Maintaining high humidity in the air is more effective than watering as a means of maintaining the optimum amount of moisture in the rooting compost. This is because watering — even if carried out on a very regular basis — is intermittent and so there are fluctuations in the water content of the compost. Where frequent regular watering is not possible, the compost can go through severe fluctuations of wetness and dryness, doing great damage to the emerging roots or discouraging rooting in the first place.
However, humid air is not a requirement for the rooting of cuttings taken from fleshy-stemmed plants, such as cacti and other succulents and certain perennials and sub-shrubs, including pelargoniums. In fact, humid air can encourage the growth of fungal spores, resulting in various rot diseases.
Even where high humidity is required, the secondary effect of encouraging fungal diseases can be a major problem unless good ventilation is maintained. Always ensure that fresh air circulates around cuttings or seedlings, at least from time to time.
Most cuttings and seeds start growth best at a temperature of at least 18°C (64°F). Tropical plants generally require higher temperatures — above 24°C (75°F). Use a minimum-maximum thermometer to monitor the day and night temperatures and take steps to ensure that the heating remains as constant as possible.
Rooting powder contains a synthetic plant rooting hormone, identical to the one normally possessed by plants. Soft-stemmed plants usually root swiftly without the assistance of extra hormones, and a thick coating of powder on the base of the stem or leaf can actually form a barrier against successful rooting. If you want to use a rooting powder on soft-stemmed cuttings, make sure the dusting is light.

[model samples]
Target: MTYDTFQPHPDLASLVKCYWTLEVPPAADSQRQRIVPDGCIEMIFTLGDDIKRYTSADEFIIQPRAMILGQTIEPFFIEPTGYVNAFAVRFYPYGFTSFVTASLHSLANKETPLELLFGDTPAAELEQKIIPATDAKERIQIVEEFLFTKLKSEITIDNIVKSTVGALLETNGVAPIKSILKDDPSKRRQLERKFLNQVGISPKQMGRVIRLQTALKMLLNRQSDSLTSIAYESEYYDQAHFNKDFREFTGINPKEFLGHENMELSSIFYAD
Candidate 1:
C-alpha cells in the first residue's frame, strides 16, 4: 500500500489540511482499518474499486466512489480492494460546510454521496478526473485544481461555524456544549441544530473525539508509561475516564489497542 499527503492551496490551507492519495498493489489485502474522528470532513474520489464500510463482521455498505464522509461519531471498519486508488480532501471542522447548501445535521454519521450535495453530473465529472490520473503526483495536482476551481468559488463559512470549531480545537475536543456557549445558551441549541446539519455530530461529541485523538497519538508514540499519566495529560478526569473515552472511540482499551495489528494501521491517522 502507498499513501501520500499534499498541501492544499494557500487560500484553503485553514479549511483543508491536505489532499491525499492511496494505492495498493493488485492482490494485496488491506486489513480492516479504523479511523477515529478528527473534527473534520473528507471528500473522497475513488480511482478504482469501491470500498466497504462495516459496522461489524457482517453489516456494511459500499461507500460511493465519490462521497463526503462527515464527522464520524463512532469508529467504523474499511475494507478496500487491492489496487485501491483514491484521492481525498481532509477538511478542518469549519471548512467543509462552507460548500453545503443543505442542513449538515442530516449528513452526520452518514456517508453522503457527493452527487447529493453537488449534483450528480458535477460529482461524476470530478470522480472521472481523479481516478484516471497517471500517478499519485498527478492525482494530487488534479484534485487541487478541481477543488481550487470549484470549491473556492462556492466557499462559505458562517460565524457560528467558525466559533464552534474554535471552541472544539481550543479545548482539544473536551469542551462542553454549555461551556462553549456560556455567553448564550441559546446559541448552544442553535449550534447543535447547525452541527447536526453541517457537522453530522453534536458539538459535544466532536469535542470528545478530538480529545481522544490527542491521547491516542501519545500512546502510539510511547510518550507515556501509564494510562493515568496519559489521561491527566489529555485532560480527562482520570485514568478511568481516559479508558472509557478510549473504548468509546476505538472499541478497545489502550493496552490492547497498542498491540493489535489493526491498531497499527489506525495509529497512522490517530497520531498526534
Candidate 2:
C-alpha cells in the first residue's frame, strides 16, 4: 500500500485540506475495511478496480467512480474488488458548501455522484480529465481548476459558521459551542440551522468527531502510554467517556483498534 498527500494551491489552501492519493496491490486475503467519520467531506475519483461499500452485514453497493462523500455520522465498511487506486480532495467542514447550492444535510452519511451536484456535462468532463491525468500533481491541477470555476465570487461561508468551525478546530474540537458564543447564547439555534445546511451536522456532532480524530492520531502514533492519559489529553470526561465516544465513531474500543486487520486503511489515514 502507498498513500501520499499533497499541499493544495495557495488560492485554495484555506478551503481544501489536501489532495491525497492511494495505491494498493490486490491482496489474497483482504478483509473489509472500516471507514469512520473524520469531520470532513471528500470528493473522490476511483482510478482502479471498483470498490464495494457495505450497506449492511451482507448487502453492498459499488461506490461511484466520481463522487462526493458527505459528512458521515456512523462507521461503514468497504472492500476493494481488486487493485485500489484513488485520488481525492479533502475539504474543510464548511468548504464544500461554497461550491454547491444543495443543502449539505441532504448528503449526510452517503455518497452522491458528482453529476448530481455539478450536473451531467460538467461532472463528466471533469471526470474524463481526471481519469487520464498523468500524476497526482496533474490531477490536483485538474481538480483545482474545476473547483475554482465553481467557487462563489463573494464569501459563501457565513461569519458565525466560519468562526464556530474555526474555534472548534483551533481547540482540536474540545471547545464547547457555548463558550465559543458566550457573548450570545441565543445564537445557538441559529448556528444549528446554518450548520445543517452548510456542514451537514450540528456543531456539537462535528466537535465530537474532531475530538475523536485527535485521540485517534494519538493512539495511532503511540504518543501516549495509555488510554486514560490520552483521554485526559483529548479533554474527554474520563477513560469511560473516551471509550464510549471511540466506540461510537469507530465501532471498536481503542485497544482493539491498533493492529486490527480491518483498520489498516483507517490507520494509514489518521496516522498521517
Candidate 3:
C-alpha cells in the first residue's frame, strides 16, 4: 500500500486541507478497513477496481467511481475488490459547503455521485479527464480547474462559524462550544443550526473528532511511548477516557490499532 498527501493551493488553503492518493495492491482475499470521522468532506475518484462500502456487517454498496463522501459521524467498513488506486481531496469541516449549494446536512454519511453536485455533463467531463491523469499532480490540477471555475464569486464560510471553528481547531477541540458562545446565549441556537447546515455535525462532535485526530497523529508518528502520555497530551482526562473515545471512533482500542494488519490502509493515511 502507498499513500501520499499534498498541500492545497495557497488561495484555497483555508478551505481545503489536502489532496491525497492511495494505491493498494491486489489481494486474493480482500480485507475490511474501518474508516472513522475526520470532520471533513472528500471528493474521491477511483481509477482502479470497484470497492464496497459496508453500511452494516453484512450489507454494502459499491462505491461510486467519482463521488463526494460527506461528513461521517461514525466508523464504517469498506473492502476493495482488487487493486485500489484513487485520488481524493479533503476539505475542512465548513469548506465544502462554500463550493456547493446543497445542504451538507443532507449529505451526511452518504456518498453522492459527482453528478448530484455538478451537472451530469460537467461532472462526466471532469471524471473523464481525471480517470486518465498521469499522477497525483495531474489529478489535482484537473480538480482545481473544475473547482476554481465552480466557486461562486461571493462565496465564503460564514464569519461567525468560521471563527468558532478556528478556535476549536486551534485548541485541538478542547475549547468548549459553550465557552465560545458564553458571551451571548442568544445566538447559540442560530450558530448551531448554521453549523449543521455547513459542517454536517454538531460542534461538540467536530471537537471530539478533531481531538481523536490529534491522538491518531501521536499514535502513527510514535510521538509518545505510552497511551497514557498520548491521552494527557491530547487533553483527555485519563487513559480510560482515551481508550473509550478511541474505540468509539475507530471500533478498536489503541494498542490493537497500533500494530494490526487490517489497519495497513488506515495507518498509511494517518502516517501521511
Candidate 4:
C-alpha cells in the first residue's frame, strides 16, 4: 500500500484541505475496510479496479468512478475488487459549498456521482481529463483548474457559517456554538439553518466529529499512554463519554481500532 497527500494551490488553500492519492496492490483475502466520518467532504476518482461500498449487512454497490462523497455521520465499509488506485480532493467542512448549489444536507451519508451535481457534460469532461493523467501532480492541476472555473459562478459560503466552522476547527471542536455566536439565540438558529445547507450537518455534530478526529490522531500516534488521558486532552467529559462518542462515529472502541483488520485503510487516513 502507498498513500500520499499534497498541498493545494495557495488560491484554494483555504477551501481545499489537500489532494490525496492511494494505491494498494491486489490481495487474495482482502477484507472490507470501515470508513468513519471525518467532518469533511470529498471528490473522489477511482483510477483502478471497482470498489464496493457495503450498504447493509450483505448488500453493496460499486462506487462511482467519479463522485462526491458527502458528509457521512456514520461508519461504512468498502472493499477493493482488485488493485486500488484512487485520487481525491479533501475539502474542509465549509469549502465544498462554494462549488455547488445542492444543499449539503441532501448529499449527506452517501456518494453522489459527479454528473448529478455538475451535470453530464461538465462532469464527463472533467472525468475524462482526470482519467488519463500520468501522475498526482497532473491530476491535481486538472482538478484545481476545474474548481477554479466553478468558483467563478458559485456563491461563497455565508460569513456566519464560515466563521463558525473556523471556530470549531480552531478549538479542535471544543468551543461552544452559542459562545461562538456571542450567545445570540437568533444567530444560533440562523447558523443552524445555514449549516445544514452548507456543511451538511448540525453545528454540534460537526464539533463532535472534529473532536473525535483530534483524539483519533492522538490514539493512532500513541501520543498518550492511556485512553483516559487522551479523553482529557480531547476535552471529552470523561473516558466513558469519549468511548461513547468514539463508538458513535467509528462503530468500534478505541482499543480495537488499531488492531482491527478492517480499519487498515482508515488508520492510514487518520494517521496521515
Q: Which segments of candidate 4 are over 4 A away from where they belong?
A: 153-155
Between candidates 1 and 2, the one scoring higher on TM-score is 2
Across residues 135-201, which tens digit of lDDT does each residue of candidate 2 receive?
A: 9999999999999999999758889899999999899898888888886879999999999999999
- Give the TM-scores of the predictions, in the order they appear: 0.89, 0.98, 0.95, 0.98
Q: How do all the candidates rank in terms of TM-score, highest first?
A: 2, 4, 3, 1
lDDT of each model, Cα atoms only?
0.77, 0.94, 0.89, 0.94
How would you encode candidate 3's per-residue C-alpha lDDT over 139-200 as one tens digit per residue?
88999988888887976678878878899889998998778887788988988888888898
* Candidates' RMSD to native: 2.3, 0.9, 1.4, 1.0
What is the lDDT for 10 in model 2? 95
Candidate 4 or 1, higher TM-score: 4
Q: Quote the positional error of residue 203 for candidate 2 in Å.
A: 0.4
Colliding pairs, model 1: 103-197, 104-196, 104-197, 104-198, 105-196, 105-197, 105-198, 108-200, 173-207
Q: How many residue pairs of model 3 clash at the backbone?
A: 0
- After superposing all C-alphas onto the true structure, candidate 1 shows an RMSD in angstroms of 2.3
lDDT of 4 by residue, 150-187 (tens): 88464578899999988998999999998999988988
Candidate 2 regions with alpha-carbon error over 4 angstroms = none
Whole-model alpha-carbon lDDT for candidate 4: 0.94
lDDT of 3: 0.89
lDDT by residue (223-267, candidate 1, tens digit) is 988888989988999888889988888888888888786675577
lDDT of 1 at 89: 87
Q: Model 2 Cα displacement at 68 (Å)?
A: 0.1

Woody stems root more slowly and the process can be speeded up by dusting the base of the cutting with hormone rooting powder. Buy fresh powder every year — it becomes less effective with age.
The usual common garden potting composts available from most nurseries and garden centres, are not suitable for either seeds or cuttings. The texture of these mixtures is much too heavy and their nutrient content is too high, and this can scorch the young delicate roots. All that is required of the compost is that it holds moisture well, yet prevents waterlogging.
Use a proprietary seedling/cuttings compost or a general purpose compost. Several are readily available, including organic composts, multi-purpose or coir mixtures which are recommended for sowing seeds and rooting cuttings.
All rooting mixtures must be sterile — the presence of fungal spores leads to damping-off and other rot diseases. Use compost taken directly from a sealed bag. Never use garden soil or old compost, however good it may look.
Germinated seeds and rooted cuttings soon need more food than is provided by seedling/cuttings composts. They should be transplanted into potting compost, which contains fertilizer, as soon as they are large enough to handle, although liquid feeding with a weak solution of ordinary house plant fertilizer provides a good temporary alternative if transplanting has to be delayed for a short while.